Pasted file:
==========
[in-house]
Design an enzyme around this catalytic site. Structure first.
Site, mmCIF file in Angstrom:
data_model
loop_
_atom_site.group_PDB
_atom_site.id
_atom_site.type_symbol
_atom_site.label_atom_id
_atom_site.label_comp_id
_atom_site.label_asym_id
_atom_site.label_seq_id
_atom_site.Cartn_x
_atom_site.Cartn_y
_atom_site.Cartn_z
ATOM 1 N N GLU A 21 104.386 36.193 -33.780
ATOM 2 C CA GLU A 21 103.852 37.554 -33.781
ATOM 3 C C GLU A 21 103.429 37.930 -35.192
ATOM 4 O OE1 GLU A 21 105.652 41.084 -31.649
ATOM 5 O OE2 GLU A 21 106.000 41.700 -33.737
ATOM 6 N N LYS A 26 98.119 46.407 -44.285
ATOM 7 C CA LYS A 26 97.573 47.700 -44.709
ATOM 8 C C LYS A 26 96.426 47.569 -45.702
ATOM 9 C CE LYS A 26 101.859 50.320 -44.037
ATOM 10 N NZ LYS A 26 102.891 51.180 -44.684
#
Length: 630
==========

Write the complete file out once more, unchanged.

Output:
[in-house]
Design an enzyme around this catalytic site. Structure first.
Site, mmCIF file in Angstrom:
data_model
loop_
_atom_site.group_PDB
_atom_site.id
_atom_site.type_symbol
_atom_site.label_atom_id
_atom_site.label_comp_id
_atom_site.label_asym_id
_atom_site.label_seq_id
_atom_site.Cartn_x
_atom_site.Cartn_y
_atom_site.Cartn_z
ATOM 1 N N GLU A 21 104.386 36.193 -33.780
ATOM 2 C CA GLU A 21 103.852 37.554 -33.781
ATOM 3 C C GLU A 21 103.429 37.930 -35.192
ATOM 4 O OE1 GLU A 21 105.652 41.084 -31.649
ATOM 5 O OE2 GLU A 21 106.000 41.700 -33.737
ATOM 6 N N LYS A 26 98.119 46.407 -44.285
ATOM 7 C CA LYS A 26 97.573 47.700 -44.709
ATOM 8 C C LYS A 26 96.426 47.569 -45.702
ATOM 9 C CE LYS A 26 101.859 50.320 -44.037
ATOM 10 N NZ LYS A 26 102.891 51.180 -44.684
#
Length: 630